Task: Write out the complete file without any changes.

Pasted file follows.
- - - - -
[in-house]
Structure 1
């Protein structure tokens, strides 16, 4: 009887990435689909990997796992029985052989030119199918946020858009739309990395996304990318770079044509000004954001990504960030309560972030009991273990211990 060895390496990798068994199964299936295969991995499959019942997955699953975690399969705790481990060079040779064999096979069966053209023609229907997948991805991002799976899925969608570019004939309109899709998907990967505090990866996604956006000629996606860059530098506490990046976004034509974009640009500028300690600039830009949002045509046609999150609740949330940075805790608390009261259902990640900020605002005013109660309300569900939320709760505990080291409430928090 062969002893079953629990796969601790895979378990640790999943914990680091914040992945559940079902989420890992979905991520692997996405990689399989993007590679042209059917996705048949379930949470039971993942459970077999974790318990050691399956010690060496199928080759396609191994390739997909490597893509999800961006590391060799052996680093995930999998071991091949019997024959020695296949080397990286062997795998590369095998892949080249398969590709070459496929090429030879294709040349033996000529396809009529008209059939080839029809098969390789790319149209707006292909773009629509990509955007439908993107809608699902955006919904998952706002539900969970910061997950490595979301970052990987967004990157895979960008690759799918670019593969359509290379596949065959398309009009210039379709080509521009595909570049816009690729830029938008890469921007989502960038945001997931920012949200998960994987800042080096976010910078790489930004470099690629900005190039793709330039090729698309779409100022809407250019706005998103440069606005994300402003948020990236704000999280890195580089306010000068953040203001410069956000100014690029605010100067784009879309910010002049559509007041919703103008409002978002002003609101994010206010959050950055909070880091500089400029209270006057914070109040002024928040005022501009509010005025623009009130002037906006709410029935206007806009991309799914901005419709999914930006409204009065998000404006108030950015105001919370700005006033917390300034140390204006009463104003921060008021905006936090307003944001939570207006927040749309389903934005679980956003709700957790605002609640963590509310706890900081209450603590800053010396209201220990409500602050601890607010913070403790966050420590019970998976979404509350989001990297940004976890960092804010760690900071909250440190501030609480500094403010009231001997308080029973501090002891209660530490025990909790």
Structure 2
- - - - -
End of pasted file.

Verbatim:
[in-house]
Structure 1
């Protein structure tokens, strides 16, 4: 009887990435689909990997796992029985052989030119199918946020858009739309990395996304990318770079044509000004954001990504960030309560972030009991273990211990 060895390496990798068994199964299936295969991995499959019942997955699953975690399969705790481990060079040779064999096979069966053209023609229907997948991805991002799976899925969608570019004939309109899709998907990967505090990866996604956006000629996606860059530098506490990046976004034509974009640009500028300690600039830009949002045509046609999150609740949330940075805790608390009261259902990640900020605002005013109660309300569900939320709760505990080291409430928090 062969002893079953629990796969601790895979378990640790999943914990680091914040992945559940079902989420890992979905991520692997996405990689399989993007590679042209059917996705048949379930949470039971993942459970077999974790318990050691399956010690060496199928080759396609191994390739997909490597893509999800961006590391060799052996680093995930999998071991091949019997024959020695296949080397990286062997795998590369095998892949080249398969590709070459496929090429030879294709040349033996000529396809009529008209059939080839029809098969390789790319149209707006292909773009629509990509955007439908993107809608699902955006919904998952706002539900969970910061997950490595979301970052990987967004990157895979960008690759799918670019593969359509290379596949065959398309009009210039379709080509521009595909570049816009690729830029938008890469921007989502960038945001997931920012949200998960994987800042080096976010910078790489930004470099690629900005190039793709330039090729698309779409100022809407250019706005998103440069606005994300402003948020990236704000999280890195580089306010000068953040203001410069956000100014690029605010100067784009879309910010002049559509007041919703103008409002978002002003609101994010206010959050950055909070880091500089400029209270006057914070109040002024928040005022501009509010005025623009009130002037906006709410029935206007806009991309799914901005419709999914930006409204009065998000404006108030950015105001919370700005006033917390300034140390204006009463104003921060008021905006936090307003944001939570207006927040749309389903934005679980956003709700957790605002609640963590509310706890900081209450603590800053010396209201220990409500602050601890607010913070403790966050420590019970998976979404509350989001990297940004976890960092804010760690900071909250440190501030609480500094403010009231001997308080029973501090002891209660530490025990909790």
Structure 2